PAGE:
30. 30. MANAGEMENT • In recent cases—evacuation of the retained products of conception (ERCP) is done. She should be resuscitated before any active treatment is undertaken. • Early abortion: Dilatation and evacuation under analgesia or general anesthesia is to be done. Evacuation of the uterus may be done using MVA also • Late abortion: The uterus is evacuated under general anesthesia and the products are removed by ovum forceps or by blunt curette. In late cases, dilatation and curettage operation is to be done to remove the bits of tissues left behind. The removed materials are subjected to a histological examination. • Medical management of incomplete miscarriage may be done. Tablet misoprostol 200 μg is used vaginally every 4 hours. Compared to surgical method, complications are less with medical method.
  31. 31. MISSED MISCARRIAGE • DEFINITION: When the fetus is dead and retained inside the uterus for a variable period, it is called missed miscarriage or early fetal demise.
  32. 32. PATHOLOGY • The causes of prolonged retention of the dead fetus in the uterus are not clear. Beyond • 12 weeks, the retained fetus becomes macerated or mummified. The liquor amnii gets absorbed and • the placenta becomes pale, thin and may be adherent. Before 12 weeks, the pathological process differs • when the ovum is more or less completely surrounded by the chorionic villi.
  33. 33. CARNEOUS MOLE (SYN: BLOOD MOLE, FLESHY MOLE) • It is the pathological variant of missed miscarriage affecting the fetus before 12 weeks. • Small repeated hemorrhages in the choriodecidual space disrupt the villi from its attachments. • The bleeding is slight, so it does not cause rupture of the decidua capsularis. • The clotted blood with the contained ovum is known as a blood mole. • By this time, the ovum becomes dead and is either completely absorbed or remains as a rudimentary structure. • Gradually, the fluid portion of the blood surrounding the ovum gets absorbed and the wall becomes fleshy, hence the term fleshy or carneous mole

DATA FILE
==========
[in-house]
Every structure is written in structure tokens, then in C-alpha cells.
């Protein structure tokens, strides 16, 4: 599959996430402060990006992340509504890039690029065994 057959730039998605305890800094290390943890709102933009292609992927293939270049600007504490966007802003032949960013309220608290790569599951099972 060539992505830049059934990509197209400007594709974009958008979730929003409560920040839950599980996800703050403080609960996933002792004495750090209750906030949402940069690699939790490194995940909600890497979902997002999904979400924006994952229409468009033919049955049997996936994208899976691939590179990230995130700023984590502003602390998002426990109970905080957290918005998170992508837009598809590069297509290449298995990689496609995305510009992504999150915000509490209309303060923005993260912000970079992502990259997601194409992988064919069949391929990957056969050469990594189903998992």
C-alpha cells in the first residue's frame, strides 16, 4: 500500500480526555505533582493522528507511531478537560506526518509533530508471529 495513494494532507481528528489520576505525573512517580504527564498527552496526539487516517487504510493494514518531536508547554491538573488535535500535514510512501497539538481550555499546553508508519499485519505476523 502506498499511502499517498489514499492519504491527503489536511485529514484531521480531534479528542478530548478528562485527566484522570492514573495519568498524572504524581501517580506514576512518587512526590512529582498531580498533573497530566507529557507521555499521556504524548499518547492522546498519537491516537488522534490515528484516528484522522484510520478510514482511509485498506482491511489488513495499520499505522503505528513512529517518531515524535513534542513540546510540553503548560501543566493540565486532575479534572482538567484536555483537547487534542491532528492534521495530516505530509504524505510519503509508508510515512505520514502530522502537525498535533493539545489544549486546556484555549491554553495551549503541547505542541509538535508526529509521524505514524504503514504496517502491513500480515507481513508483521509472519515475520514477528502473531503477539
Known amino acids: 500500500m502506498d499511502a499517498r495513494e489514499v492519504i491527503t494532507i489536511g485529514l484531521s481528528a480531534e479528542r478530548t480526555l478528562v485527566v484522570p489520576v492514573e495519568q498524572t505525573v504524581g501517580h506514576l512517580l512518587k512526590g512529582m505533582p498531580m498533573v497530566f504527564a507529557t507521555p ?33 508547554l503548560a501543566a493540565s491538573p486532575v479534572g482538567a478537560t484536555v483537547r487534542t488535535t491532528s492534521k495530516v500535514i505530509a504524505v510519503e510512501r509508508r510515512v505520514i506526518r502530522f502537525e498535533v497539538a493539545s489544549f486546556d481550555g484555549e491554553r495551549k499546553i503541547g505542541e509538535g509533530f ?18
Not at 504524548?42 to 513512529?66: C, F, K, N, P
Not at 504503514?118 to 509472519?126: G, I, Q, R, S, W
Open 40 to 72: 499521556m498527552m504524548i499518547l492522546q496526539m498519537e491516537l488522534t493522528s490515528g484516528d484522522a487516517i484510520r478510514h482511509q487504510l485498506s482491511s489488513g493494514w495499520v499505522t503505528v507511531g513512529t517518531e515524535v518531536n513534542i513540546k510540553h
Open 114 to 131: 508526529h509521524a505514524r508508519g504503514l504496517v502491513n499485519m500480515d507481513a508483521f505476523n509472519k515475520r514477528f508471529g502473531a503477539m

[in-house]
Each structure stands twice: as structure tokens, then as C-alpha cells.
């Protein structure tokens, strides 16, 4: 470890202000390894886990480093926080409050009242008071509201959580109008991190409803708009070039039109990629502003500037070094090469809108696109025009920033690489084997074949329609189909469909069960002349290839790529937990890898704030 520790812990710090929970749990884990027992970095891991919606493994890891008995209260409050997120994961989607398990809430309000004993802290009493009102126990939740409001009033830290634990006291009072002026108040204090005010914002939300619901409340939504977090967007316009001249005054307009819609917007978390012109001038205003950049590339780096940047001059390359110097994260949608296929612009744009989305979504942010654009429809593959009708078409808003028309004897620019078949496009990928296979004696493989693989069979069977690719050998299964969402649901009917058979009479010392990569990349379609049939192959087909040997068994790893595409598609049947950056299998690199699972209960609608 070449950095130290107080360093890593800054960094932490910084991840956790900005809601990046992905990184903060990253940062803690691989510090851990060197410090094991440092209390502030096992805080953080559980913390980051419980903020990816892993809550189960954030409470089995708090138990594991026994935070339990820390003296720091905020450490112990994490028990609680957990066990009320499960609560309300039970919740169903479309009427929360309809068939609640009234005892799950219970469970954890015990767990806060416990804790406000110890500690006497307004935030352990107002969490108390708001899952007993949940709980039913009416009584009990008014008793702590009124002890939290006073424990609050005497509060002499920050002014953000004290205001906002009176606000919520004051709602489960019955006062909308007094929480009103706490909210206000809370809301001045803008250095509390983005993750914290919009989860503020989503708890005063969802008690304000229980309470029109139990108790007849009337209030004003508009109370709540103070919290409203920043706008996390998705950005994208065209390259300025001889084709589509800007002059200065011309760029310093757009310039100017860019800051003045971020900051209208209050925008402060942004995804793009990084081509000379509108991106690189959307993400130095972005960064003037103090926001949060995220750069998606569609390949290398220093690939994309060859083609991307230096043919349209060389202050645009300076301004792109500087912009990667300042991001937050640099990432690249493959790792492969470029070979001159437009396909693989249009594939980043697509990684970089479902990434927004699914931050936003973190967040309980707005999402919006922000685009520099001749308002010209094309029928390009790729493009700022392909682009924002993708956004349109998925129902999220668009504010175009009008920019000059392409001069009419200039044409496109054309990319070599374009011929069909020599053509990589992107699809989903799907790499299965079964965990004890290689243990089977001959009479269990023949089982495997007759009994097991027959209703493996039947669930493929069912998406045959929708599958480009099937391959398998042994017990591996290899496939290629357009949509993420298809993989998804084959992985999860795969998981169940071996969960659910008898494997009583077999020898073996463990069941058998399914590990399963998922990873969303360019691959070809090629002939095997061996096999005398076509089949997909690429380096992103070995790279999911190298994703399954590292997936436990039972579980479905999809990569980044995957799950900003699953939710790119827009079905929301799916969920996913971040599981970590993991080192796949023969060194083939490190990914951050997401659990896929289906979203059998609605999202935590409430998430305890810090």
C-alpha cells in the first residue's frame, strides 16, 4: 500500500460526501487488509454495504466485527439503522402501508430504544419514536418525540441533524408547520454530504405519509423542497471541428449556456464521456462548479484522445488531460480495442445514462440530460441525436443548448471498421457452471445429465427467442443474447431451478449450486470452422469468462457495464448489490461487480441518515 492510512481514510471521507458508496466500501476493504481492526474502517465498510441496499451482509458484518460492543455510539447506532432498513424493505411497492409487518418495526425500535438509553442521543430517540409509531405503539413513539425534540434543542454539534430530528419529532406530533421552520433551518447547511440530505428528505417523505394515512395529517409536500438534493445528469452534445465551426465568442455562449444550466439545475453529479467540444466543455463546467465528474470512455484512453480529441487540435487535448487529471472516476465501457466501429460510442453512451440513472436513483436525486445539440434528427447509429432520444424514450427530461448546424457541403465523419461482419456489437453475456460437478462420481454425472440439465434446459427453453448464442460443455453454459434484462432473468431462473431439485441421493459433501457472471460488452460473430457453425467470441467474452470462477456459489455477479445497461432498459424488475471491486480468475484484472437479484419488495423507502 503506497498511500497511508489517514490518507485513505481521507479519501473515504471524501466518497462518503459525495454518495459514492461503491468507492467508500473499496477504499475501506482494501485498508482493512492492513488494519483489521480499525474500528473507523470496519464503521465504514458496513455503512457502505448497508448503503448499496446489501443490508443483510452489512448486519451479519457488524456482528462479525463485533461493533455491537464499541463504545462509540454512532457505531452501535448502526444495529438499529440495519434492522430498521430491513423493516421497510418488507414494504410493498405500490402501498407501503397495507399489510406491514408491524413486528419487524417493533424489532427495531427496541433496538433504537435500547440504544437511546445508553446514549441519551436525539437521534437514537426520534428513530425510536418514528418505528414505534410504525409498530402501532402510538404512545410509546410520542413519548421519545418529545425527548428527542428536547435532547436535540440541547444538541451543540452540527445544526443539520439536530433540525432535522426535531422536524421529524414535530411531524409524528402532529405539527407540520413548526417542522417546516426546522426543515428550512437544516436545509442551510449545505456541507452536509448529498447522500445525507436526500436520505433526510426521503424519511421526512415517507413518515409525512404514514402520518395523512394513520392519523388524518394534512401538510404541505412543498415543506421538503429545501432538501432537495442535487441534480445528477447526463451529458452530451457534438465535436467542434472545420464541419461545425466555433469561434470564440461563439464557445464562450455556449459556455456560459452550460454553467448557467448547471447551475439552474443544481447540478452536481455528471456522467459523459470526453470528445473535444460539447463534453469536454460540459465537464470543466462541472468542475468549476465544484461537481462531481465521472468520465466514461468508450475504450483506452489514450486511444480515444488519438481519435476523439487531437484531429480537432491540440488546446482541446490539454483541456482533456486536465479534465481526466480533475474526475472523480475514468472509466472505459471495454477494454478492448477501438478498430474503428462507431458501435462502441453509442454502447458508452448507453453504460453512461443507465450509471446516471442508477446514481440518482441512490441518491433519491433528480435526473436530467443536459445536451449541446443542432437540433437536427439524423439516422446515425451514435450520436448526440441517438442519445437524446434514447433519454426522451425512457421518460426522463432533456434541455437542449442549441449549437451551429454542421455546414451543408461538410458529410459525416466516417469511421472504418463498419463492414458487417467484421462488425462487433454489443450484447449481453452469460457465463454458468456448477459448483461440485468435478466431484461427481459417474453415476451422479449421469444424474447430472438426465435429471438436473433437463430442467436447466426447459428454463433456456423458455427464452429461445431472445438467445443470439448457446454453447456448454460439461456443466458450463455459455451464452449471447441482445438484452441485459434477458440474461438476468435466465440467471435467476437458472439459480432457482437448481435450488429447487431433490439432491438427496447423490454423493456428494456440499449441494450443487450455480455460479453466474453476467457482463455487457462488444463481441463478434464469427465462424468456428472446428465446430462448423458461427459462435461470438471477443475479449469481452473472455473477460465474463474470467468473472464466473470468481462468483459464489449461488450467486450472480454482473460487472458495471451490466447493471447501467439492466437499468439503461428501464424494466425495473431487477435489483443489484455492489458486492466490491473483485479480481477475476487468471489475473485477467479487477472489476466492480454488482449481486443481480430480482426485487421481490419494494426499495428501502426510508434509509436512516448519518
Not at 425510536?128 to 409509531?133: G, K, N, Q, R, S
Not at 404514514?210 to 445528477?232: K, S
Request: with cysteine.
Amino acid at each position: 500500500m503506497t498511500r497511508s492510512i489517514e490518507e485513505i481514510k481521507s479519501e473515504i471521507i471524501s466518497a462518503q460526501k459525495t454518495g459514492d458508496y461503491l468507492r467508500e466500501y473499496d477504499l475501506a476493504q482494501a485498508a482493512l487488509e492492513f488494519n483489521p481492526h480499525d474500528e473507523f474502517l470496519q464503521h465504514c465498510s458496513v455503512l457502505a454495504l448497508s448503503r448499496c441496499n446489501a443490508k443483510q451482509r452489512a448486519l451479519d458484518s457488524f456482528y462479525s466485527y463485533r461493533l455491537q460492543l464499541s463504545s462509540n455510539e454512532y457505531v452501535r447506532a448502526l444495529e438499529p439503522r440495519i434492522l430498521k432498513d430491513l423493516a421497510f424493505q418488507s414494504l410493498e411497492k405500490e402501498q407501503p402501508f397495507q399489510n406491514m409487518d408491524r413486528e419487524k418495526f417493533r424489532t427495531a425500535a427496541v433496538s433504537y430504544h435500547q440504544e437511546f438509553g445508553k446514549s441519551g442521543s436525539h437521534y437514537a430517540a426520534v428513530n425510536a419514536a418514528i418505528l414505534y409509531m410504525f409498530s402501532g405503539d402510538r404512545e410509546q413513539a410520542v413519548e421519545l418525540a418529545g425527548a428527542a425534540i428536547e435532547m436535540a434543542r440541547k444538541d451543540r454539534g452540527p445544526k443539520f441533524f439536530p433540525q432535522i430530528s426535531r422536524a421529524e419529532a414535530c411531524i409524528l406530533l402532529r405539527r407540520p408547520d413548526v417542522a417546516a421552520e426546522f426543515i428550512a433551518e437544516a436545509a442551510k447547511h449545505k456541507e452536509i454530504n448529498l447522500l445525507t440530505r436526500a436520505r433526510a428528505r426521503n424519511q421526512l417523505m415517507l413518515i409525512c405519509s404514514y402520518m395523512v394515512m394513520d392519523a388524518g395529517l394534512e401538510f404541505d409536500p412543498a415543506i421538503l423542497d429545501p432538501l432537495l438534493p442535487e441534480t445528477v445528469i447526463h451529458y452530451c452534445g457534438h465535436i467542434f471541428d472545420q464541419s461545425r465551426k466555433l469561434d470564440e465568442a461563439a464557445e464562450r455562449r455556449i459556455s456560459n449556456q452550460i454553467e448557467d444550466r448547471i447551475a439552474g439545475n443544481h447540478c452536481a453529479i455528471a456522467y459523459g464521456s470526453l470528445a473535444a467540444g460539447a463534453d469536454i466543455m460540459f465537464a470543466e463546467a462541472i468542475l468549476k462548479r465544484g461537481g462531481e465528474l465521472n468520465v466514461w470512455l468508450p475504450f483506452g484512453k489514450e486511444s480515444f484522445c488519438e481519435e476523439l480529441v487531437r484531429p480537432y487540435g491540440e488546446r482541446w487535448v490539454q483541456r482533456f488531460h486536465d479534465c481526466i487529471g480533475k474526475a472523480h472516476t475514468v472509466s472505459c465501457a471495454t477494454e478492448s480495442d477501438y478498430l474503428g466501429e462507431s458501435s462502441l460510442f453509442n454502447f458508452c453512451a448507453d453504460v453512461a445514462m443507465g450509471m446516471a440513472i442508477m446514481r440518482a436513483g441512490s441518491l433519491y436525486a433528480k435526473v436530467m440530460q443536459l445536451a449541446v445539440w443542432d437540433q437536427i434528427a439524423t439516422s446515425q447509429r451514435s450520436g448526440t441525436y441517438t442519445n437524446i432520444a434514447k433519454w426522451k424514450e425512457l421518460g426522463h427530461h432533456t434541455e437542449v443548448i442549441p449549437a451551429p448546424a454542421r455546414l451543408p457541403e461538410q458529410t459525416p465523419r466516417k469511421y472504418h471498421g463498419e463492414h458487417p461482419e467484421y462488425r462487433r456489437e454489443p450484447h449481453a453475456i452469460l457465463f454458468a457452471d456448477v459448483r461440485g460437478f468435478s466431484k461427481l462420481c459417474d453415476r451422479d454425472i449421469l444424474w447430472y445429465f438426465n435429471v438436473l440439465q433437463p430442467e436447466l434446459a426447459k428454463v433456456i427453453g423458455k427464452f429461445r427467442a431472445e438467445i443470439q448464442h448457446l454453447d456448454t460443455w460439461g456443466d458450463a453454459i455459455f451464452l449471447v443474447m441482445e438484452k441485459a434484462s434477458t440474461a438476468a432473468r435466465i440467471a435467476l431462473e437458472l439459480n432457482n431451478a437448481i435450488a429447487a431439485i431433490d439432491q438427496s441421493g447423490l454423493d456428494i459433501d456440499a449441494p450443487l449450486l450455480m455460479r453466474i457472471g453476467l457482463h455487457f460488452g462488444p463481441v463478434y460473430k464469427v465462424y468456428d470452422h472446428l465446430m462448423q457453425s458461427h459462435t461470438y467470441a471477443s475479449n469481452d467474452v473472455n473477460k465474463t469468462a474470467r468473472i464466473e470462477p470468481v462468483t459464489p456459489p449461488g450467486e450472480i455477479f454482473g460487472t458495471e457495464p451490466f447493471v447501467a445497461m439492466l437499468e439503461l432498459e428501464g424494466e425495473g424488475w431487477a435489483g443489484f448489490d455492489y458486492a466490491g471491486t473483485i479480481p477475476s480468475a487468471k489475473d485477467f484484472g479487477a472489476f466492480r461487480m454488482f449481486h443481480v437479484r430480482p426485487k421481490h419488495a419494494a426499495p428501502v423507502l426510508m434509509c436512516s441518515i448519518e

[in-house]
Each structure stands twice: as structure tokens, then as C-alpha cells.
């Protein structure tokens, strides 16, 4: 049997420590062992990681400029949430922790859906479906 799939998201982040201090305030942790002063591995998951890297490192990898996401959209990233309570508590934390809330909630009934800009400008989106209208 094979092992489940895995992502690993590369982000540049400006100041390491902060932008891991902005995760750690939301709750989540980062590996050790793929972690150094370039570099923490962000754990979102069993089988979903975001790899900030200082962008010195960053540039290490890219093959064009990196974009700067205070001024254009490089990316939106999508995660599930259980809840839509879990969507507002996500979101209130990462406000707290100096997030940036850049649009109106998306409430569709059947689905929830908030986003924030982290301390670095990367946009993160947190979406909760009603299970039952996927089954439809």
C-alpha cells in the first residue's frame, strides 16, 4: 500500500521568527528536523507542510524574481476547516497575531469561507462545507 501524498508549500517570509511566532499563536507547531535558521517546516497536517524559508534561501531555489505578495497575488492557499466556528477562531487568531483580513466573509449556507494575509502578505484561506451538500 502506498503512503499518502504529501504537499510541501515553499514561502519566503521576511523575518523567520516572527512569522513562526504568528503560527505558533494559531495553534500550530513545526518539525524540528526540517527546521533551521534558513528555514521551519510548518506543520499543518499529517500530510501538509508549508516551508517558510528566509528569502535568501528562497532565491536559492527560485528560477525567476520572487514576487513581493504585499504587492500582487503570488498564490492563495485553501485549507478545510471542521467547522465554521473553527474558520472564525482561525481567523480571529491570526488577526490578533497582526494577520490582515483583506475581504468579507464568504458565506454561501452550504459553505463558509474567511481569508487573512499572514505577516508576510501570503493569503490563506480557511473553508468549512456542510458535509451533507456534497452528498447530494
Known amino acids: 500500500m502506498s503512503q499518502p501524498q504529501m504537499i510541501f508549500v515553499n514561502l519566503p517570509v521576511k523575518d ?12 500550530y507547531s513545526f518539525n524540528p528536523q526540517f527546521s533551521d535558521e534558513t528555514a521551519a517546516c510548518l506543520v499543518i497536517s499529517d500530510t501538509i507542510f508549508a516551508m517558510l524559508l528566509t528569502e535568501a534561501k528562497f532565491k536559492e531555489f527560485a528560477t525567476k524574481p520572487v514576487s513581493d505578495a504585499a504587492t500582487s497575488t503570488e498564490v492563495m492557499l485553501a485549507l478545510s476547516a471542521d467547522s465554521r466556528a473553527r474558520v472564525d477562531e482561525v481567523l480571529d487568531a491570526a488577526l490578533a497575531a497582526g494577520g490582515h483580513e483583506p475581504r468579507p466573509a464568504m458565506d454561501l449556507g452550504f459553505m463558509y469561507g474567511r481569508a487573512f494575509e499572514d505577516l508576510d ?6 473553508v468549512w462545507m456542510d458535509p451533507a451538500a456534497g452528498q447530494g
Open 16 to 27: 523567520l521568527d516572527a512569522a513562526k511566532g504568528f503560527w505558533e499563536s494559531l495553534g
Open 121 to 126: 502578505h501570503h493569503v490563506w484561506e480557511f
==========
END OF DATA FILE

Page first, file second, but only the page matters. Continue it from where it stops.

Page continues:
34. 34. CLINICAL FEATURES The patient usually presents with features of threatened miscarriage followed by: • (1) Persistence of brownish vaginal discharge. • (2) Subsidence of pregnancy symptoms. • (3) Retrogression of breast changes. • (4) Cessation of uterine growth which in fact becomes smaller in size. • (5) Non audibility of the fetal heart sound even with Doppler ultrasound if it had been audible before. • (6) Cervix feels firm. • (7) Immunological test for pregnancy becomes negative. • (8) Real time ultrasonography reveals an empty sac early in the pregnancy or the absence of fetal cardiac motion and fetal movements.
  35. 35. COMPLICATIONS • The complications of the missed • miscarriage are those mentioned in intrauterine fetal death • Blood coagulation disorders are less likely to occur in missed miscarriage.
  36. 36. MANAGEMENT Expectant - Medical - Surgical • Uterus is less than 12 weeks : • (i) Expectant management—Many women expel the conceptus spontaneously • (ii) Medical management: Prostaglandin E1 (misoprostol) 800 mg vaginally in the posterior fornix is given and repeated after 24 hours if needed. Expulsion usually occurs within 48 hours.
  37. 37. CONTINUE….. • (iii) Suction evacuation or dilatation and evacuation is done either as a definitive treatment or it can be done when the medical method fails. The risk of damage to the uterine walls and brisk hemorrhage during the operation should be kept in mind. • Uterus more than 12 weeks: The same principles of the management as advocated in the intrauterine fetal death are to be followed.